Local Officials Should Quickly Reduce Jail Populations to Slow the Spread of Coronavirus

John Pfaff

Executive Summary

As the number of cases of COVID-19 in the United States continues to sharply increase, and as city, state, and federal officials take increasingly aggressive moves to contain the virus’s spread, it is critical to understand the significant role our nation’s more than 2,800 county jails may play in spreading the disease, not just within the facilities, but to vulnerable communities more broadly.

  • Nationally, over 50% of the public, including nearly 50% of Republicans, favors releasing anyone in jail whose offense is not one that threatens public safety.
  • A significant majority of voters—57% of voters in New York and 56% of voters nationally—favor releasing people who have less than six months left on their sentences. That includes a majority of Republican voters nationally and 50% of Republican voters in New York.
  • Significant majorities also support releasing elderly populations, including 58% of voters nationally and 56% of voters in New York. Fifty-three percent of Republicans nationwide support releasing elderly populations.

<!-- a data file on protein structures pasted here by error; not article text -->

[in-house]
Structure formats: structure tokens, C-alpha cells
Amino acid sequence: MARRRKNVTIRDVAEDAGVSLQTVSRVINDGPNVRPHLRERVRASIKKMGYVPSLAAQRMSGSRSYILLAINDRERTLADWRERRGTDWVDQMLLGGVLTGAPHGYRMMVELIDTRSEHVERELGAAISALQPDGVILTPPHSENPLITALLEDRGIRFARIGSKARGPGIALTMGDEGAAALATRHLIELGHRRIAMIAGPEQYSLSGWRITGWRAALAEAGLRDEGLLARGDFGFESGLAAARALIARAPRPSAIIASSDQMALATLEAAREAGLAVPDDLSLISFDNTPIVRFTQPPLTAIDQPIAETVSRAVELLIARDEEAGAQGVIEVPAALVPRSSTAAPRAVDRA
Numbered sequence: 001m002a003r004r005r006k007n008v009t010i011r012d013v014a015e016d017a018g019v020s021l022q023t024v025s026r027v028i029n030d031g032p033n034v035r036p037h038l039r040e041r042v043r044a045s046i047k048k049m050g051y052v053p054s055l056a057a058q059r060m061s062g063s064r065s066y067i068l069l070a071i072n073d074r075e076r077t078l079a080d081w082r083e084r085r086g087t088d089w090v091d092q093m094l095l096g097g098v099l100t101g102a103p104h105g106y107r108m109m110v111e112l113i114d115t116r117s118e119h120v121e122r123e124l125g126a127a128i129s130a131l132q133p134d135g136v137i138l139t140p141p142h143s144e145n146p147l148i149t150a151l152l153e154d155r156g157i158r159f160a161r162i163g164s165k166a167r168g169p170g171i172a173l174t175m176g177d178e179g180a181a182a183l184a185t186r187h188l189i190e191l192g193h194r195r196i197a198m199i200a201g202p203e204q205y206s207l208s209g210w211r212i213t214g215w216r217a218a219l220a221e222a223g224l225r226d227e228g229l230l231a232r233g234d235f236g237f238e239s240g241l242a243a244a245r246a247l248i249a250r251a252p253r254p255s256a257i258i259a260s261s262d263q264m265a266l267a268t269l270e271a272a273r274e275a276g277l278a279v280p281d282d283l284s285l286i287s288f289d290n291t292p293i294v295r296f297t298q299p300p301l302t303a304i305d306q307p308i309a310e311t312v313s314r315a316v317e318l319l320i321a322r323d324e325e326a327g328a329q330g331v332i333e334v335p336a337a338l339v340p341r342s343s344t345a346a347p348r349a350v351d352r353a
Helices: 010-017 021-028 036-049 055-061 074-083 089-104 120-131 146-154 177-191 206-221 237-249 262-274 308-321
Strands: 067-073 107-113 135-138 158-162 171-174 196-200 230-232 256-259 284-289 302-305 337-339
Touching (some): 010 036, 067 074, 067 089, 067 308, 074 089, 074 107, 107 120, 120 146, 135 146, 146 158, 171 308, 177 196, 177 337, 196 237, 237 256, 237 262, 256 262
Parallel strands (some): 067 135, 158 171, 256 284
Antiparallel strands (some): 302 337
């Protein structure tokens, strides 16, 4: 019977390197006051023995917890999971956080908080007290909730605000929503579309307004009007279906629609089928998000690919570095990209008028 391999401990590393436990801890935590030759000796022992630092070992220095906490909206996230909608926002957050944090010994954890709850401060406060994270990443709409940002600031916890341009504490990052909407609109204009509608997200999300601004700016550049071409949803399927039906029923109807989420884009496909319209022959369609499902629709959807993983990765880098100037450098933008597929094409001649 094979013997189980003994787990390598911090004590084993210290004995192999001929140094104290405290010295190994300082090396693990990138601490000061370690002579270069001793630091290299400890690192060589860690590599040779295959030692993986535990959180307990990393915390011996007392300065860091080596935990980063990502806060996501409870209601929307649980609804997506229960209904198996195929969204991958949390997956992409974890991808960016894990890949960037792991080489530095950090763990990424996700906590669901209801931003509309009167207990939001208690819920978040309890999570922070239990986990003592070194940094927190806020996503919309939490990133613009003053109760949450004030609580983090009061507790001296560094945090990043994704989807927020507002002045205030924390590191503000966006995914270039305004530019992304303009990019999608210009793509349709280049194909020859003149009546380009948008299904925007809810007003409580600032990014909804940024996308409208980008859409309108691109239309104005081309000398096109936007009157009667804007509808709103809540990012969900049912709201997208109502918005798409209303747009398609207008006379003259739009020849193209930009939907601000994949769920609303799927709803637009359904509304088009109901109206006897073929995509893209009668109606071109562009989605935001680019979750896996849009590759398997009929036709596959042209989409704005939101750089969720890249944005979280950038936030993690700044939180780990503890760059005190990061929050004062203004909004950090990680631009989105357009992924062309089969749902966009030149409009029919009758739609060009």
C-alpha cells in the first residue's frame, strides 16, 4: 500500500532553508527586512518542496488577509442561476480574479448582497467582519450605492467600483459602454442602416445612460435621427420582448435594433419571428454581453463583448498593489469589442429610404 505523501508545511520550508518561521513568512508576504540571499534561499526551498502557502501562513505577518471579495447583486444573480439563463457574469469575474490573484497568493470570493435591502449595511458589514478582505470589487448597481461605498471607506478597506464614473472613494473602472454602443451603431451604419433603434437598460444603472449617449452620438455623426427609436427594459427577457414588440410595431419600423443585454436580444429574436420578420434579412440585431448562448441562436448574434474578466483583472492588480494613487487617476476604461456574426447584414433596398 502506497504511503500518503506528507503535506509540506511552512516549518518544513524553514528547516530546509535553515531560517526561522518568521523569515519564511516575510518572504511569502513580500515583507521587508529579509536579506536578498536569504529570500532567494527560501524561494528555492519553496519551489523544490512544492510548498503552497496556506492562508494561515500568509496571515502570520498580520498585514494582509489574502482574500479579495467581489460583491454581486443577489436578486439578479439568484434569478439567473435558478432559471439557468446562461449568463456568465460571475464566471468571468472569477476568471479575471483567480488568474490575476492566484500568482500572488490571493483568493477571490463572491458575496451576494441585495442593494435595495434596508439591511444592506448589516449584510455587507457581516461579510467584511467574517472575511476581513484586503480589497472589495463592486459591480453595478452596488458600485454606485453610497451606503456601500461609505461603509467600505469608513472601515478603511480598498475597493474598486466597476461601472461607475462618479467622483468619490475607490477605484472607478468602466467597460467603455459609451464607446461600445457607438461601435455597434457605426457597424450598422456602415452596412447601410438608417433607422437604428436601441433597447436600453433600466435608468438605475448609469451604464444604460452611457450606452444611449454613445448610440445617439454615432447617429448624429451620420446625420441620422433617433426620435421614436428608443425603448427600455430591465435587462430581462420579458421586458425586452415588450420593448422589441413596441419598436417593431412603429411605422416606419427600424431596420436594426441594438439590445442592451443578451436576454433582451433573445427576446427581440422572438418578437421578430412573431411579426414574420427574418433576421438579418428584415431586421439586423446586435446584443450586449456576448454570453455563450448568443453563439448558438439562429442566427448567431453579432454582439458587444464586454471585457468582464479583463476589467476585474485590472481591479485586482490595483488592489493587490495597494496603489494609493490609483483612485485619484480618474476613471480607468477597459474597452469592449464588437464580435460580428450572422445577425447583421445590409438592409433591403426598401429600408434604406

• There is broad bipartisan support nationally—63% of all voters and 60% of Republicans—for a policy to reduce unnecessary jail admissions by encouraging law enforcement to use alternatives to arrest such as a summons or ticket. Fifty-nine percent of New York voters also support such a policy.
  • Nationally, 66% of voters—including 58% of Republicans—believe that officials should be considering ways to reduce jail and prison populations as a response to the coronavirus.
Local Officials Should Quickly Reduce Jail Populations to Slow the Spread of Coronavirus
Local Officials Should Quickly Reduce Jail Populations to Slow the Spread of Coronavirus